Exchange Evil for Good, Berry Brow

The Exchange Evil for Good was a beerhouse situated at Park Gate, Berry Brow.


The beerhouse was likely established in the 1830s by Job Vickerman (c.1789-1855).[1]

One explanation for the beerhouse's unusual name was provided by this short article which was reprinted in several newspapers in the late 1840s:

There is in a small village about three miles from Huddersfield, a public-house, with the following singular inscription, by way of a sign, over its door: "Exchange Evil for Good." When the good hostess was asked to explain it, she answered by blandly inviting the querist in there, to exchange, as she said, his evil brass for her good drink.

The name may also be a reflection of the more general belief in the virtues of beer over the evils of gin consumption which had led to the introduction of the Beerhouse Act of 1830.[2]

In November 1841, Vickerman brought a prosecution against Christopher Tinker after the latter's geese invaded his garden and began eating his vegetables. Unfortunately for Vickerman, when the magistrates examined the damage, it turned out he did not have a garden gate to keep animals out and so the case was dismissed.[3]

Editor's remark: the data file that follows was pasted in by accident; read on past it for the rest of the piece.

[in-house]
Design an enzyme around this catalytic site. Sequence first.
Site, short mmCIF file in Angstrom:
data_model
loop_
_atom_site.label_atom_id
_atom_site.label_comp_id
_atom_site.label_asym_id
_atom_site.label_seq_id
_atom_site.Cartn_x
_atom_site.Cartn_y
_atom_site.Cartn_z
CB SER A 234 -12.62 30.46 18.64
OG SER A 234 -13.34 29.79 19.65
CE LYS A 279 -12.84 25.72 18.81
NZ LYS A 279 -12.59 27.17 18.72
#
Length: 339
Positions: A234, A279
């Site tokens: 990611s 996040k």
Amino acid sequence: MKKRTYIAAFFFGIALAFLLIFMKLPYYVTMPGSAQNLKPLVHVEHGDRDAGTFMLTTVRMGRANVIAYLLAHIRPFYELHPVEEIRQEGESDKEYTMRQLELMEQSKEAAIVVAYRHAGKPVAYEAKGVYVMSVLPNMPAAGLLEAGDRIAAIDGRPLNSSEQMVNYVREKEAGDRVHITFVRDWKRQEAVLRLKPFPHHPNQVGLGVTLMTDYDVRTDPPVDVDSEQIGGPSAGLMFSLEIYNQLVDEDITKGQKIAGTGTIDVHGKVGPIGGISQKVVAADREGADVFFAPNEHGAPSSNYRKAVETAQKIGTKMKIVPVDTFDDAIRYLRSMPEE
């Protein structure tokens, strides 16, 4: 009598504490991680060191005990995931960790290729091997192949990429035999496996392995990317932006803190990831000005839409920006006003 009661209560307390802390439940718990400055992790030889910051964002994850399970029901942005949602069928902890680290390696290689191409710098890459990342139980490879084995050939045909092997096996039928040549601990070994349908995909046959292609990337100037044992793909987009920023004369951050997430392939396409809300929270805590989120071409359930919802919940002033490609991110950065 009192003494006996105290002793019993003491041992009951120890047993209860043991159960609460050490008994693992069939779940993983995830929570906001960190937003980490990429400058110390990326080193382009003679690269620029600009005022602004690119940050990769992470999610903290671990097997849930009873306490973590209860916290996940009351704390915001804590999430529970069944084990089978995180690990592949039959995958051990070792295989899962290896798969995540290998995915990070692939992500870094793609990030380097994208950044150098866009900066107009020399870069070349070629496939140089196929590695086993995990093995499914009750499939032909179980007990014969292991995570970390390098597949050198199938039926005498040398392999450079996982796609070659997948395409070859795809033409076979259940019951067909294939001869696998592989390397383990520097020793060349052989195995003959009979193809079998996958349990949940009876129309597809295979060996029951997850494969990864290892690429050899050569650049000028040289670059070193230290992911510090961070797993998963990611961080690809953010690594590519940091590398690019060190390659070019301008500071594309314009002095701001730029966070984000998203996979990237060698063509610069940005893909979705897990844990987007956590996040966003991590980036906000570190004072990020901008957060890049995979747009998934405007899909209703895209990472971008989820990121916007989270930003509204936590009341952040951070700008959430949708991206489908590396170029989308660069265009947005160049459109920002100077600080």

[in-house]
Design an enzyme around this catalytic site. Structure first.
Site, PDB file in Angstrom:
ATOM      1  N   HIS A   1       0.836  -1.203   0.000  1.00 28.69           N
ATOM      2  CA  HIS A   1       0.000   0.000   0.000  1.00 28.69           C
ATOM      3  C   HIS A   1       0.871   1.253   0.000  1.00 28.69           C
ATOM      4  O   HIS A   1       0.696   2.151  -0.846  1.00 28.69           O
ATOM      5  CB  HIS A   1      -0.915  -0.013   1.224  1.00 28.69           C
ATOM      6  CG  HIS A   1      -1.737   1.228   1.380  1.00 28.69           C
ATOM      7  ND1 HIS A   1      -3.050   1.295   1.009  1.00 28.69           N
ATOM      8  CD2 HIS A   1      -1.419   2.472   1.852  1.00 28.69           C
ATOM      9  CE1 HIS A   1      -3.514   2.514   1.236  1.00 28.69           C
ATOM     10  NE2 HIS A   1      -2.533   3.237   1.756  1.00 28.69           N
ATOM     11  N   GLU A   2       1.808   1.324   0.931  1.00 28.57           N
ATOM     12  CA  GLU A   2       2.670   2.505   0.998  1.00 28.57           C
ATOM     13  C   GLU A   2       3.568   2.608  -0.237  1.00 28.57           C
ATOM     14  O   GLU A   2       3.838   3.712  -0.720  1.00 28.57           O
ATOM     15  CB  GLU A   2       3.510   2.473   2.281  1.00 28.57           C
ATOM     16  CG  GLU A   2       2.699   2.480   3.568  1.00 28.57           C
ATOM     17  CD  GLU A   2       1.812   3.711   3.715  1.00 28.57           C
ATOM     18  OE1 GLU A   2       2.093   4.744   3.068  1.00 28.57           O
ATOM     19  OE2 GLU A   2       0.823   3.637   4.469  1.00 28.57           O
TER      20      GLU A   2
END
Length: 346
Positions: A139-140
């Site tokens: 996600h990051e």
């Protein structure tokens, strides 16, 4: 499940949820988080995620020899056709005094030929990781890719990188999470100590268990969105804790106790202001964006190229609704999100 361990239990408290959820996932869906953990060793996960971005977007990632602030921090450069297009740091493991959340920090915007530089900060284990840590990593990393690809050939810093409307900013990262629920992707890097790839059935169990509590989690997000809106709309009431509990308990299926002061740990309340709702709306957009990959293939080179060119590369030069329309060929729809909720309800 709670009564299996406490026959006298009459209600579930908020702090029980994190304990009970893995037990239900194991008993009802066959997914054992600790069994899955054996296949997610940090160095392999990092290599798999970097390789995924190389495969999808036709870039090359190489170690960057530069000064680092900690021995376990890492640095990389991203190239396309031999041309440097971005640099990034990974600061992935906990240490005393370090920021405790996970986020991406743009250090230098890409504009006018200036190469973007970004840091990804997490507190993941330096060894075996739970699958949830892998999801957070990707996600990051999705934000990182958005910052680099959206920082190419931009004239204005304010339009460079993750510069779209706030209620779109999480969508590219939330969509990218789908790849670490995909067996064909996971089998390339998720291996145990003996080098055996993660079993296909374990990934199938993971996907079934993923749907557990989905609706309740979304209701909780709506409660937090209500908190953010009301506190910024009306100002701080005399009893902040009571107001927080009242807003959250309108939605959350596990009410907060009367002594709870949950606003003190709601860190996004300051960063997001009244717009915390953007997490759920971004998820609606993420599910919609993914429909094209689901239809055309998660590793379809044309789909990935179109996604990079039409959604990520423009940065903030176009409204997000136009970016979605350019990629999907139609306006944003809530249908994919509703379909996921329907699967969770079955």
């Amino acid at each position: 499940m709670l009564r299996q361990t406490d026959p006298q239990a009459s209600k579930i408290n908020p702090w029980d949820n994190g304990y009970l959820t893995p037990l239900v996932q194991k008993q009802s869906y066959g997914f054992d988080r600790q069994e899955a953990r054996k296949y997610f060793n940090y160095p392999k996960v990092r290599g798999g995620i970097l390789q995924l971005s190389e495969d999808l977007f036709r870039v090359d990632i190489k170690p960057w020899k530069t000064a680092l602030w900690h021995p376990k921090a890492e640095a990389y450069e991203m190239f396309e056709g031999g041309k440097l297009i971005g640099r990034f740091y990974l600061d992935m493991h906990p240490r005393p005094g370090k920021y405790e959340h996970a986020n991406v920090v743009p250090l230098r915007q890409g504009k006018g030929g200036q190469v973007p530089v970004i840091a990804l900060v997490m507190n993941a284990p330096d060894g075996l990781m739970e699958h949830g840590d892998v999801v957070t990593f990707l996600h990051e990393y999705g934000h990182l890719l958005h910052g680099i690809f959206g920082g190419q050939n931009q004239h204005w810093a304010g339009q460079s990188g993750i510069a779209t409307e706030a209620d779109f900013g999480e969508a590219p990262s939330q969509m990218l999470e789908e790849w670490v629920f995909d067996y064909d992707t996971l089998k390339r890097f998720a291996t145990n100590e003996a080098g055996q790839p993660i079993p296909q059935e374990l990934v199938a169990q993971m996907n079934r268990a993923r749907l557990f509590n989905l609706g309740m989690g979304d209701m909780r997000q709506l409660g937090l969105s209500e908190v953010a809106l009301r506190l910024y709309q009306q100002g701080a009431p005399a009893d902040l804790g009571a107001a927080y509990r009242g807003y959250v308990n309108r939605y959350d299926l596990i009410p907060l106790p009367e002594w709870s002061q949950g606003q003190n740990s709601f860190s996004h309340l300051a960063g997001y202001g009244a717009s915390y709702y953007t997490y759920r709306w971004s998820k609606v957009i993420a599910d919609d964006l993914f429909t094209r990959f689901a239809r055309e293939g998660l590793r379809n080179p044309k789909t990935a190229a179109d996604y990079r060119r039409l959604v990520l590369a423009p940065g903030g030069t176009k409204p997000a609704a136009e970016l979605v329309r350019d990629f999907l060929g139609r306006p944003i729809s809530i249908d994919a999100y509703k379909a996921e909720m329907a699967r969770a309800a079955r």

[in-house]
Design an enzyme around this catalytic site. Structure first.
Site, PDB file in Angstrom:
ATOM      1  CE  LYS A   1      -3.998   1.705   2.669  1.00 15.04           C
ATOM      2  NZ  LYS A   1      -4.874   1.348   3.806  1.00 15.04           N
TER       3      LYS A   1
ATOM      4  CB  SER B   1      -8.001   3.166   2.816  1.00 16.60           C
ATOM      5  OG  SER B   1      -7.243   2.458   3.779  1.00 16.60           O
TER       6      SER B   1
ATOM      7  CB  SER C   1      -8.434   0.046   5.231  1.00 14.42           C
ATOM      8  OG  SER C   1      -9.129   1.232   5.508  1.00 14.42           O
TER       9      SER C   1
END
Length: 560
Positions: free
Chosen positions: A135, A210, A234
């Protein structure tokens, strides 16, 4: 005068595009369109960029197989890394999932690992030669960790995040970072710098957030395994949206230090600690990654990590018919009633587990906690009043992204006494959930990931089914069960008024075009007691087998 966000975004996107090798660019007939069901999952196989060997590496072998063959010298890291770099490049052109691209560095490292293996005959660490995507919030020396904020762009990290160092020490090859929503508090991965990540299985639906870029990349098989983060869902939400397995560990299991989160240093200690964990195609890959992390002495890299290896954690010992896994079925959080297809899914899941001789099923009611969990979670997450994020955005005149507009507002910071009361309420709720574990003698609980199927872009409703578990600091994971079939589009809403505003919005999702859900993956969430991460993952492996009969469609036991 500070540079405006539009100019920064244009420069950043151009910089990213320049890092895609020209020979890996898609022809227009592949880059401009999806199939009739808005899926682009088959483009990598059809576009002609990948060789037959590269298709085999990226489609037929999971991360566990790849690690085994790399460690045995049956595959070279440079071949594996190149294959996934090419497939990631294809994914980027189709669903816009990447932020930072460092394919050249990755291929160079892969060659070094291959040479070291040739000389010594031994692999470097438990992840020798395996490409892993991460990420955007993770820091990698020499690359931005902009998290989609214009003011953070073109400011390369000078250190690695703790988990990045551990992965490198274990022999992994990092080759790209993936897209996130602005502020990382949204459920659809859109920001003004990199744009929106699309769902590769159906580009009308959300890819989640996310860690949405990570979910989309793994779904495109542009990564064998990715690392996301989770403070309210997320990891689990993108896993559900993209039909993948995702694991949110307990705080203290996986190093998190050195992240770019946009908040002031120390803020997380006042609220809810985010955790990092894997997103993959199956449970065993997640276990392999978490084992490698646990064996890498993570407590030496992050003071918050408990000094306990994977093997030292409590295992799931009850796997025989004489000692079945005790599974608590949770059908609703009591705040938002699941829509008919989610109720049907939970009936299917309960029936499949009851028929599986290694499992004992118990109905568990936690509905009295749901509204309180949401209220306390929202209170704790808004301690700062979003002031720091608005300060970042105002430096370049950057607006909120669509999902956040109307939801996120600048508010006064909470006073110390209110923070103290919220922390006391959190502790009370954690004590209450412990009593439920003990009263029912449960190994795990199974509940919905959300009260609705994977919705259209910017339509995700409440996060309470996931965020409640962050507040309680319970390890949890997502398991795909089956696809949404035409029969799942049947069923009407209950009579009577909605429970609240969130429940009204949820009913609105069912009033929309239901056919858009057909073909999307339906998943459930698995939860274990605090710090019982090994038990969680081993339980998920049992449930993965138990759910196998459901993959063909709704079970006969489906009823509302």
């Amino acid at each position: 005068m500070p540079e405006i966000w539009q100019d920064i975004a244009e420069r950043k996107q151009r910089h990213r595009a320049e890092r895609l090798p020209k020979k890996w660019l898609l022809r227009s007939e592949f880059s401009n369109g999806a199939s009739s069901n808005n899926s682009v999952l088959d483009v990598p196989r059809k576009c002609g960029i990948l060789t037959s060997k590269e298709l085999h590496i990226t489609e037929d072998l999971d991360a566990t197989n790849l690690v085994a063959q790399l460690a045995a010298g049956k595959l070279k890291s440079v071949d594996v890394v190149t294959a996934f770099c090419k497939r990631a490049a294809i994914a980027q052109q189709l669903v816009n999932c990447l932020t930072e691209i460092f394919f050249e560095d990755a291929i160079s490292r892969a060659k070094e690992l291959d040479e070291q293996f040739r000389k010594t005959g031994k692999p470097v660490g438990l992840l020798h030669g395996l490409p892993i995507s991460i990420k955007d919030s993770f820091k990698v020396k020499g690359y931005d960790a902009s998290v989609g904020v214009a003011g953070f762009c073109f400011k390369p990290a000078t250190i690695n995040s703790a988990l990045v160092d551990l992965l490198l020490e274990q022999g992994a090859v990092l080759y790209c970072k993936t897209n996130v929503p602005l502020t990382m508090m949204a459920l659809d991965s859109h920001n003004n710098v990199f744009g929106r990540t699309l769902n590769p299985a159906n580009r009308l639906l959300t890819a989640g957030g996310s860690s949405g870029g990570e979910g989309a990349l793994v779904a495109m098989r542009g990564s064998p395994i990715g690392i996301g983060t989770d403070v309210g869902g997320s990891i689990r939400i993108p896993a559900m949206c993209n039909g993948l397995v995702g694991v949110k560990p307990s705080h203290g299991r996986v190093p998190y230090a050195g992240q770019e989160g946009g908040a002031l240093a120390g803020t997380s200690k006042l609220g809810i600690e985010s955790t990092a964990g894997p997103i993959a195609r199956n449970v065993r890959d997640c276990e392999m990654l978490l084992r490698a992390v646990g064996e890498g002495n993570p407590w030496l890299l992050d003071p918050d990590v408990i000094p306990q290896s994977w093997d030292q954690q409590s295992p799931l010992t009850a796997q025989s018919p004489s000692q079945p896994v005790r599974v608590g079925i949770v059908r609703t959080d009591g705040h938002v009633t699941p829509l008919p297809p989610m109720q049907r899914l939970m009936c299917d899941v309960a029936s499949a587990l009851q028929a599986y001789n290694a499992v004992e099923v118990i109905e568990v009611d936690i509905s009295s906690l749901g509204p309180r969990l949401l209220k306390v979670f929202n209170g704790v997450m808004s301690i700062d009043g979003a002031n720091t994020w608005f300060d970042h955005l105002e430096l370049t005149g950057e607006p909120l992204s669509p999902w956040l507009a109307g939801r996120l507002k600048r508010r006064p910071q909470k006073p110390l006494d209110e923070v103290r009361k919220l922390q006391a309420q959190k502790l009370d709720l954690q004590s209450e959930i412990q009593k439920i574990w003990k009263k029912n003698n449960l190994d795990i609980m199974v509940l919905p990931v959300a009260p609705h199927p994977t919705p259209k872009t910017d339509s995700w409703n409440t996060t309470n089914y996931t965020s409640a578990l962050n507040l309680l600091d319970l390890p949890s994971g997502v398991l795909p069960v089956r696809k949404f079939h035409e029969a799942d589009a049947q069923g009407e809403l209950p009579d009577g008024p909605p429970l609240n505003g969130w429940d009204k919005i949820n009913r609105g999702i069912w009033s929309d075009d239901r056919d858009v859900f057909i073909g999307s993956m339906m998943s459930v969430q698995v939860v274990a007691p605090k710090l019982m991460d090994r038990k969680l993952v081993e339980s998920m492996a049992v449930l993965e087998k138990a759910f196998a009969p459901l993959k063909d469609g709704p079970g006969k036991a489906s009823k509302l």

In 1847, Vickerman was found guilty of "filling ale during the hours of divine worship" on Sunday 17 January and fined 20 shillings and costs.[4] In May, he was again fined 20 shillings for permitting gambling on his premises.[5]

Vickerman was visited by Superintendent Heaton early on Christmas Day 1850, where he found "two persons drinking beer". Vickerman claimed they were both lodgers who had just woken up, but Heaton examined their clothing and found it damp, "as though they had been exposed for some time to the open air". At the Guildhall, the magistrates fined Vickerman 20 shillings plus costs.[6]

The beerhouse appears to have been the subject of a temperance composition, which may be the "poetical squib" mentioned by the Bradford Observer in their coverage of the November 1841 case, which they suggested may have been penned by Christopher Tinker. The Sheffield Independent (28/Mar/1866) reported on a temperance meeting at Chesterfield in which Mr. Richardson, "gave a few lines composed by a working man, subject, a public-house sign, and entitled, 'Exchange evil for good'."

It seems probable that the beerhouse closed after Vickerman's death in July 1855, as his wife Arabella had pre-deceased him in June 1854.

Further Reading


The exact location of the beerhouse at Park Gate, Berry Brow, is uncertain. However, it was likely situated somewhere in the vicinity of the junction with Hood Street and Robin Hood Hill.

Notes and References

  1. Job Vickerman married Arabella Camm in September 1809 at Huddersfield Parish Church and worked as a clothier (1841 Census) and beerseller (1851 Census). He died in July 1855 and was buried at St. Paul, Armitage Bridge, on 11 July. His first son, also named Job, emigrated to Iowa circa 1840.
  2. William Hogarth's prints "Gin Lane" and "Beer Street" of 1751 encapsulate this belief. Wikipedia: Beer Street and Gin Lane.
  3. "A Hole in the Wall" in Bradford Observer (18/Nov/1841).
  4. "Huddersfield" in Leeds Times (30/Jan/1847).
  5. "Huddersfield" in Leeds Times (22/May/1847).
  6. "Berry Brow: Beerhouse Conviction" in Huddersfield Chronicle (11/Jan/1851).